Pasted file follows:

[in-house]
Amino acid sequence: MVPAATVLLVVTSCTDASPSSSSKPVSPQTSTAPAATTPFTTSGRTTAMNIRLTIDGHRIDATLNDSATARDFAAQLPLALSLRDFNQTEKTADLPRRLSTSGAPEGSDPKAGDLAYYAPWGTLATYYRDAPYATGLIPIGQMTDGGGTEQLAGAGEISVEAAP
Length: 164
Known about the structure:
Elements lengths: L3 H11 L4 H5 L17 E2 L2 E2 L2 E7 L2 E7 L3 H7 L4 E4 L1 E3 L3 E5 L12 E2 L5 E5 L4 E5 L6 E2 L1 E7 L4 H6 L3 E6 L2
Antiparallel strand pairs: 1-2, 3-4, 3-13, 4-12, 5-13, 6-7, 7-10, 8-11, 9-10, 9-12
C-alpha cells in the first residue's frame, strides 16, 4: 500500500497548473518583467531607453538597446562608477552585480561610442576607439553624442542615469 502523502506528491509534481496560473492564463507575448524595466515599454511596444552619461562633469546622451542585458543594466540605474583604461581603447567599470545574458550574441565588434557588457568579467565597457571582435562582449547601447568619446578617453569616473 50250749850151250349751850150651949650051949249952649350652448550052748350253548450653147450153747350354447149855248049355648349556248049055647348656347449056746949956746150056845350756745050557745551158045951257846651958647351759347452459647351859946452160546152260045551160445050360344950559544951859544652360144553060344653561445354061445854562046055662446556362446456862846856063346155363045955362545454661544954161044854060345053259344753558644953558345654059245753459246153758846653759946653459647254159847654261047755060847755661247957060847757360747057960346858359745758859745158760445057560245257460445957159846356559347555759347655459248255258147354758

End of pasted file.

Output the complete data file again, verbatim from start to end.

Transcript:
[in-house]
Amino acid sequence: MVPAATVLLVVTSCTDASPSSSSKPVSPQTSTAPAATTPFTTSGRTTAMNIRLTIDGHRIDATLNDSATARDFAAQLPLALSLRDFNQTEKTADLPRRLSTSGAPEGSDPKAGDLAYYAPWGTLATYYRDAPYATGLIPIGQMTDGGGTEQLAGAGEISVEAAP
Length: 164
Known about the structure:
Elements lengths: L3 H11 L4 H5 L17 E2 L2 E2 L2 E7 L2 E7 L3 H7 L4 E4 L1 E3 L3 E5 L12 E2 L5 E5 L4 E5 L6 E2 L1 E7 L4 H6 L3 E6 L2
Antiparallel strand pairs: 1-2, 3-4, 3-13, 4-12, 5-13, 6-7, 7-10, 8-11, 9-10, 9-12
C-alpha cells in the first residue's frame, strides 16, 4: 500500500497548473518583467531607453538597446562608477552585480561610442576607439553624442542615469 502523502506528491509534481496560473492564463507575448524595466515599454511596444552619461562633469546622451542585458543594466540605474583604461581603447567599470545574458550574441565588434557588457568579467565597457571582435562582449547601447568619446578617453569616473 50250749850151250349751850150651949650051949249952649350652448550052748350253548450653147450153747350354447149855248049355648349556248049055647348656347449056746949956746150056845350756745050557745551158045951257846651958647351759347452459647351859946452160546152260045551160445050360344950559544951859544652360144553060344653561445354061445854562046055662446556362446456862846856063346155363045955362545454661544954161044854060345053259344753558644953558345654059245753459246153758846653759946653459647254159847654261047755060847755661247957060847757360747057960346858359745758859745158760445057560245257460445957159846356559347555759347655459248255258147354758